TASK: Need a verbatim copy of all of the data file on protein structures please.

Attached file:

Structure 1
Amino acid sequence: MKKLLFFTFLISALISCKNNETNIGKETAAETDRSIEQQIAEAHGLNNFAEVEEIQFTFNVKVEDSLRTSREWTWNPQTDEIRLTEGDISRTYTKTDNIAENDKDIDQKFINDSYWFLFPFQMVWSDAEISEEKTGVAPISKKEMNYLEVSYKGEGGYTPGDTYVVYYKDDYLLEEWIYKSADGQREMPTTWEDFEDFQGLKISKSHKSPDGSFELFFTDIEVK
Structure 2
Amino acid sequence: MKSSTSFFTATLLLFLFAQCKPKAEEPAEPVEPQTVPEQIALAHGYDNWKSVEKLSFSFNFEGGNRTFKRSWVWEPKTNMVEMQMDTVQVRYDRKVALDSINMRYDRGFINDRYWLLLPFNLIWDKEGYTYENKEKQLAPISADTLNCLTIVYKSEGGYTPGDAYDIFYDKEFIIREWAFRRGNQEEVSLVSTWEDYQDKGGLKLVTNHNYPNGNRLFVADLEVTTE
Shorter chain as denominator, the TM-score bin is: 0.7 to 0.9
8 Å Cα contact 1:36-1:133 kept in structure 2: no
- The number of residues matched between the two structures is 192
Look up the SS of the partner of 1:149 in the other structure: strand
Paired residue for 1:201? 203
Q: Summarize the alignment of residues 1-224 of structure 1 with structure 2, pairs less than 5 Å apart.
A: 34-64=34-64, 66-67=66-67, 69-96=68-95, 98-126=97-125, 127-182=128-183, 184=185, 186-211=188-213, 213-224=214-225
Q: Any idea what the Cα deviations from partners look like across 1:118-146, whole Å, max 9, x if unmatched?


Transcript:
Structure 1
Amino acid sequence: MKKLLFFTFLISALISCKNNETNIGKETAAETDRSIEQQIAEAHGLNNFAEVEEIQFTFNVKVEDSLRTSREWTWNPQTDEIRLTEGDISRTYTKTDNIAENDKDIDQKFINDSYWFLFPFQMVWSDAEISEEKTGVAPISKKEMNYLEVSYKGEGGYTPGDTYVVYYKDDYLLEEWIYKSADGQREMPTTWEDFEDFQGLKISKSHKSPDGSFELFFTDIEVK
Structure 2
Amino acid sequence: MKSSTSFFTATLLLFLFAQCKPKAEEPAEPVEPQTVPEQIALAHGYDNWKSVEKLSFSFNFEGGNRTFKRSWVWEPKTNMVEMQMDTVQVRYDRKVALDSINMRYDRGFINDRYWLLLPFNLIWDKEGYTYENKEKQLAPISADTLNCLTIVYKSEGGYTPGDAYDIFYDKEFIIREWAFRRGNQEEVSLVSTWEDYQDKGGLKLVTNHNYPNGNRLFVADLEVTTE
Shorter chain as denominator, the TM-score bin is: 0.7 to 0.9
8 Å Cα contact 1:36-1:133 kept in structure 2: no
- The number of residues matched between the two structures is 192
Look up the SS of the partner of 1:149 in the other structure: strand
Paired residue for 1:201? 203
Q: Summarize the alignment of residues 1-224 of structure 1 with structure 2, pairs less than 5 Å apart.
A: 34-64=34-64, 66-67=66-67, 69-96=68-95, 98-126=97-125, 127-182=128-183, 184=185, 186-211=188-213, 213-224=214-225
Q: Any idea what the Cα deviations from partners look like across 1:118-146, whole Å, max 9, x if unmatched?